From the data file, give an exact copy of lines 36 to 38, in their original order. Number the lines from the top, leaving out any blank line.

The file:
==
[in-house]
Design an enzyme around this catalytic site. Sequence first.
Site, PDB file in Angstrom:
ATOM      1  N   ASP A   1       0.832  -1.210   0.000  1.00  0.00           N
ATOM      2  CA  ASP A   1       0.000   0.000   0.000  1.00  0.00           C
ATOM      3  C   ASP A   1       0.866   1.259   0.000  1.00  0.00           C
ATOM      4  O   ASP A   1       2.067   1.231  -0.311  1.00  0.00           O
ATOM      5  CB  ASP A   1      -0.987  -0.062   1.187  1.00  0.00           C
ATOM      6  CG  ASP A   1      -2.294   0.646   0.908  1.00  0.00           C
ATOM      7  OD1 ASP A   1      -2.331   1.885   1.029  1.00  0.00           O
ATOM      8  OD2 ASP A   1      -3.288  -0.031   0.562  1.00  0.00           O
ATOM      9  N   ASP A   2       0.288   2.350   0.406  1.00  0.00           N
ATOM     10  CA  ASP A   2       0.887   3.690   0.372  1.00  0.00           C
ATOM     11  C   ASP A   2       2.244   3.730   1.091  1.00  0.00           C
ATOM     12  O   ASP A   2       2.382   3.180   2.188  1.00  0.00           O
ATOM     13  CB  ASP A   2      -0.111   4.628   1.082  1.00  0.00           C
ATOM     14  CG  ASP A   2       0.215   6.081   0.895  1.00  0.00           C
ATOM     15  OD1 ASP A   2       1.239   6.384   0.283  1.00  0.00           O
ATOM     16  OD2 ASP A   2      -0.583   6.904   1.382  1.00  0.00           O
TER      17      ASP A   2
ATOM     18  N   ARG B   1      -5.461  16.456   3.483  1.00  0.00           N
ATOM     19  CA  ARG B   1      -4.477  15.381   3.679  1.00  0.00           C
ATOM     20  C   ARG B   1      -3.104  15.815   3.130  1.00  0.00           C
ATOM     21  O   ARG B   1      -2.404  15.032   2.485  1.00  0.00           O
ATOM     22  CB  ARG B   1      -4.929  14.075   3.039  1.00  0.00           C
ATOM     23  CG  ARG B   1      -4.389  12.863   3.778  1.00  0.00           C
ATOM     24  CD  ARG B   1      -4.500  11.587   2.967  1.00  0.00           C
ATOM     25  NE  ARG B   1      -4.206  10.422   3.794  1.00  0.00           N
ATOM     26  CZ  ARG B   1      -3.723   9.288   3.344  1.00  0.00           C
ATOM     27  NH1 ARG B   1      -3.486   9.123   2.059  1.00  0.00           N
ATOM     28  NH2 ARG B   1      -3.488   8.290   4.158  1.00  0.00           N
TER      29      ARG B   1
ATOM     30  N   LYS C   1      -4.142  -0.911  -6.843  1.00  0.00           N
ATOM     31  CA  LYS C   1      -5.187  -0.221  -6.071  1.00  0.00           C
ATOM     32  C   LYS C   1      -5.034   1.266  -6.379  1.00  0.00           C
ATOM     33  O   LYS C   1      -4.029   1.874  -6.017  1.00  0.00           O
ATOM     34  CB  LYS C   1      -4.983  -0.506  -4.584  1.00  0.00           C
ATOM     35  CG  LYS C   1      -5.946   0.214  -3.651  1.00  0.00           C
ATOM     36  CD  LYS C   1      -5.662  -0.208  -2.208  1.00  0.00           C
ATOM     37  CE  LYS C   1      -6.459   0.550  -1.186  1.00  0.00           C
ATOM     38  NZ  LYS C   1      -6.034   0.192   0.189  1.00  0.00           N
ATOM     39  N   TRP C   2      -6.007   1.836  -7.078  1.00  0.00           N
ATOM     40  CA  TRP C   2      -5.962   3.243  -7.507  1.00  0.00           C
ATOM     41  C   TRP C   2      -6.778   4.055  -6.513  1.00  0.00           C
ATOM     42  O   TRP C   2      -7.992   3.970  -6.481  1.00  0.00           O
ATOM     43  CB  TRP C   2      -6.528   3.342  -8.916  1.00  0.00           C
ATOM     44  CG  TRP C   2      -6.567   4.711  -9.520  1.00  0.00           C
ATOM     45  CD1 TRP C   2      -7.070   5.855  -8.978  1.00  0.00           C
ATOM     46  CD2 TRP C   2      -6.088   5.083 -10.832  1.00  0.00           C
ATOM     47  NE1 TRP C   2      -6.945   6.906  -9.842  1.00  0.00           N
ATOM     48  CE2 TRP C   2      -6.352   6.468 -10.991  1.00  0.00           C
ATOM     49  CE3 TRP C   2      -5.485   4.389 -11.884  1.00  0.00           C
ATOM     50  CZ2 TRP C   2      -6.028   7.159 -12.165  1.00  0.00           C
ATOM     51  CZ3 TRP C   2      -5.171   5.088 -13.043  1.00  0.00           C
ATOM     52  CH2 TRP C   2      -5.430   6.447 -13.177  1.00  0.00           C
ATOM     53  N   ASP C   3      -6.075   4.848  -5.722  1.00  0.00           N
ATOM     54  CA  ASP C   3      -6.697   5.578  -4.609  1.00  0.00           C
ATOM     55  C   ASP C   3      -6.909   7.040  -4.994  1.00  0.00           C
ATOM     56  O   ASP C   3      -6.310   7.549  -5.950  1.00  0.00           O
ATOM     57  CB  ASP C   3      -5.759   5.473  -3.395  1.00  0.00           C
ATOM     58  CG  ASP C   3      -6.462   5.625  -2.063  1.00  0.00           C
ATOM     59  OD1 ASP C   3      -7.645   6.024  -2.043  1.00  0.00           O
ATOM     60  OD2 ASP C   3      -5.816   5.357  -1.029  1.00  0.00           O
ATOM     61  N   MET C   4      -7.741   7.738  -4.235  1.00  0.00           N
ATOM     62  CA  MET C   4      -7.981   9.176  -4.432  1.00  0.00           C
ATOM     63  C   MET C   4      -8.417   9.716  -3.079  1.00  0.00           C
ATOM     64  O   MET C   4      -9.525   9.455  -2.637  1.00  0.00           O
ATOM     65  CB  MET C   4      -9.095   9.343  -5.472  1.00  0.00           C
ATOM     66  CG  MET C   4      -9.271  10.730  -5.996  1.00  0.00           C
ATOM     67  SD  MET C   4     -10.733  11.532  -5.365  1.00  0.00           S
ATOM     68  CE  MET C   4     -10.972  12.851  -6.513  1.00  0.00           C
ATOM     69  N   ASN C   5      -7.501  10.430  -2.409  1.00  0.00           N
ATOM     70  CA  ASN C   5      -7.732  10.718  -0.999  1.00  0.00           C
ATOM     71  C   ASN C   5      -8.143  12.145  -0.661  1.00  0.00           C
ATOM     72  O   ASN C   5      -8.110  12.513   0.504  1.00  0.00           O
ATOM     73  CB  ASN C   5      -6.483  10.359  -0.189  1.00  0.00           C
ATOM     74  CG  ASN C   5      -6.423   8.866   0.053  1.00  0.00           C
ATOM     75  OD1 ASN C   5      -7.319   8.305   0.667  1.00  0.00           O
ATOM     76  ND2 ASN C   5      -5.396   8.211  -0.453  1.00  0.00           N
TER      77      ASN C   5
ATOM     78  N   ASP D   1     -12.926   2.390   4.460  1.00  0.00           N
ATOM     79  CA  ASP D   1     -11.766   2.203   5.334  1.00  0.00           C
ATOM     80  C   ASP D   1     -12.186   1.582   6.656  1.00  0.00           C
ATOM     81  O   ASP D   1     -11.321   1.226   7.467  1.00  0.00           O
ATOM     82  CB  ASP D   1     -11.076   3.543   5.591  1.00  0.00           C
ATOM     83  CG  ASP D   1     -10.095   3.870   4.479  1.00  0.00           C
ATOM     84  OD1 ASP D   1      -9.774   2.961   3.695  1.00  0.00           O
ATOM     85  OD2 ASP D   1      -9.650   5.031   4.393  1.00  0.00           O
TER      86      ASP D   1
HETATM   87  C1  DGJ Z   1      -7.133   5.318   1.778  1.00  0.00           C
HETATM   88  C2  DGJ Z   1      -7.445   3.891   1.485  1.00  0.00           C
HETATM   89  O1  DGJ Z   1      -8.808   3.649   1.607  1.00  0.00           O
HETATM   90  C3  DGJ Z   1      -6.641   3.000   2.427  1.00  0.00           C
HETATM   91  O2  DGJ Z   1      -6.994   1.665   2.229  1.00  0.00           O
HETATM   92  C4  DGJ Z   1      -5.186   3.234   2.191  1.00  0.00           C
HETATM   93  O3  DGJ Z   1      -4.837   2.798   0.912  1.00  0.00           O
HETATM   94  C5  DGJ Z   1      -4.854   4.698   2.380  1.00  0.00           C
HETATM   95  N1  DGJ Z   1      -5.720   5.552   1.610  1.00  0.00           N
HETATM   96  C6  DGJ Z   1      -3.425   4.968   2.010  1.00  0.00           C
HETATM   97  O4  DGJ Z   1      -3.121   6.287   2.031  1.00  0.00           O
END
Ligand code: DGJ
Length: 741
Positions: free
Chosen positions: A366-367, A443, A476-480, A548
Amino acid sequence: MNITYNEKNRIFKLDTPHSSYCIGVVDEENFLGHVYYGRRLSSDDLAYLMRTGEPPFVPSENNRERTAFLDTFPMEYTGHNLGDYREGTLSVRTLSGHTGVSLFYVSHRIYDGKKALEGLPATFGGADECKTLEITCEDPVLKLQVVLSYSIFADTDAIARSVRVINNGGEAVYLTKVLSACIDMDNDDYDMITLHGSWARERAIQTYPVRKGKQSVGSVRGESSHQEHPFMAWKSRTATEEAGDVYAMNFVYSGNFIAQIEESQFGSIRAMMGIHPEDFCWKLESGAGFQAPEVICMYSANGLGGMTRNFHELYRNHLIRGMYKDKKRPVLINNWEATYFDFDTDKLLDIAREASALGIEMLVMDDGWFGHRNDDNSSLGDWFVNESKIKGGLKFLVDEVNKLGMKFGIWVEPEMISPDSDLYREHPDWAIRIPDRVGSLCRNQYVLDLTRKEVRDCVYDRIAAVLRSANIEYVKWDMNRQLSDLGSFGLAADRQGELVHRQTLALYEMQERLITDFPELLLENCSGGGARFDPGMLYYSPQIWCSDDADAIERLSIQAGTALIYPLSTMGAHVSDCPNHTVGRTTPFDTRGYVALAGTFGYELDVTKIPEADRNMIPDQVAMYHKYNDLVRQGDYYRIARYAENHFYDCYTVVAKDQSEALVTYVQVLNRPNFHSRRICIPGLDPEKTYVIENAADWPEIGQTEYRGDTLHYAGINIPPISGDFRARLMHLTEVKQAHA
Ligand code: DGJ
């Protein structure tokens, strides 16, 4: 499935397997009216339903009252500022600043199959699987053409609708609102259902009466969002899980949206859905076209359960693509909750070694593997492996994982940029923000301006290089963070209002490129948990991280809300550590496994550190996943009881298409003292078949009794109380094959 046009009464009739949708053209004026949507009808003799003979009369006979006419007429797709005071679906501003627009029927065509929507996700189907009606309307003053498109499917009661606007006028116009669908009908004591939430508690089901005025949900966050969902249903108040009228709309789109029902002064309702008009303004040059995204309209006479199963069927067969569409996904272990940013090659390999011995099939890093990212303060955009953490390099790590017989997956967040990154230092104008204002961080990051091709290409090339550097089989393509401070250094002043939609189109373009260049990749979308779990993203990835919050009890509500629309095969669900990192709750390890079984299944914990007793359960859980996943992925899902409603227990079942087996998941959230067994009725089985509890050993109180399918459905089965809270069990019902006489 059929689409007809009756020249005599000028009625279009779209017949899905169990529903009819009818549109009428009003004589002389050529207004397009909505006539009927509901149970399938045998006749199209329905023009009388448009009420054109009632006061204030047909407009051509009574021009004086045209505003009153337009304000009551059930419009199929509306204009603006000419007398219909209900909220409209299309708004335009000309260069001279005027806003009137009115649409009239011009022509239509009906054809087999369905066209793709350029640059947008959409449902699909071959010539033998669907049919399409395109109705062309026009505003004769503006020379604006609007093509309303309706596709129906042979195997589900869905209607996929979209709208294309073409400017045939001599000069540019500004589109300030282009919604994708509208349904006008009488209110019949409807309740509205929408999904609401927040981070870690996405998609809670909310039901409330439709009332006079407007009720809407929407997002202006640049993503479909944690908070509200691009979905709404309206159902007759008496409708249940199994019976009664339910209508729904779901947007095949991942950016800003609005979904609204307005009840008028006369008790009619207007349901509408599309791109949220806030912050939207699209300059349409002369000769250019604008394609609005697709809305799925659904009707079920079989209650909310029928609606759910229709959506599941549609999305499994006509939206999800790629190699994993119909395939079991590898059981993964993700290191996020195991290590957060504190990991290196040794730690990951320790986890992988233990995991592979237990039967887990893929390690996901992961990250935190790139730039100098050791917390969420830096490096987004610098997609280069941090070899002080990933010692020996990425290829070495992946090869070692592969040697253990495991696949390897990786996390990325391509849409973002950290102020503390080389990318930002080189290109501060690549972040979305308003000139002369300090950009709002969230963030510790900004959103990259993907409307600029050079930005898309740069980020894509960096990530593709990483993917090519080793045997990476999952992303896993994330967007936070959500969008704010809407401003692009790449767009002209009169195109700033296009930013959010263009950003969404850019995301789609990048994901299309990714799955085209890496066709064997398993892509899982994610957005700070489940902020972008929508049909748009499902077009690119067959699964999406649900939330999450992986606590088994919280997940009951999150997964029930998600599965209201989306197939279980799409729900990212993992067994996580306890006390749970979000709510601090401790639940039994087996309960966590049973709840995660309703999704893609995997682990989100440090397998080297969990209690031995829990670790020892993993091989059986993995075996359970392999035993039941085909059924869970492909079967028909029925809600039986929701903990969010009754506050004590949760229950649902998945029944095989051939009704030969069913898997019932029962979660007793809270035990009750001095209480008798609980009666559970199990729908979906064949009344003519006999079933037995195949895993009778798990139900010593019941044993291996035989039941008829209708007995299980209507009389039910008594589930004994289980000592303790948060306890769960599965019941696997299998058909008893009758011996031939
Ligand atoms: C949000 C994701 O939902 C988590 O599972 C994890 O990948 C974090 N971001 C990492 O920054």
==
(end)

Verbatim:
ATOM     33  O   LYS C   1      -4.029   1.874  -6.017  1.00  0.00           O
ATOM     34  CB  LYS C   1      -4.983  -0.506  -4.584  1.00  0.00           C
ATOM     35  CG  LYS C   1      -5.946   0.214  -3.651  1.00  0.00           C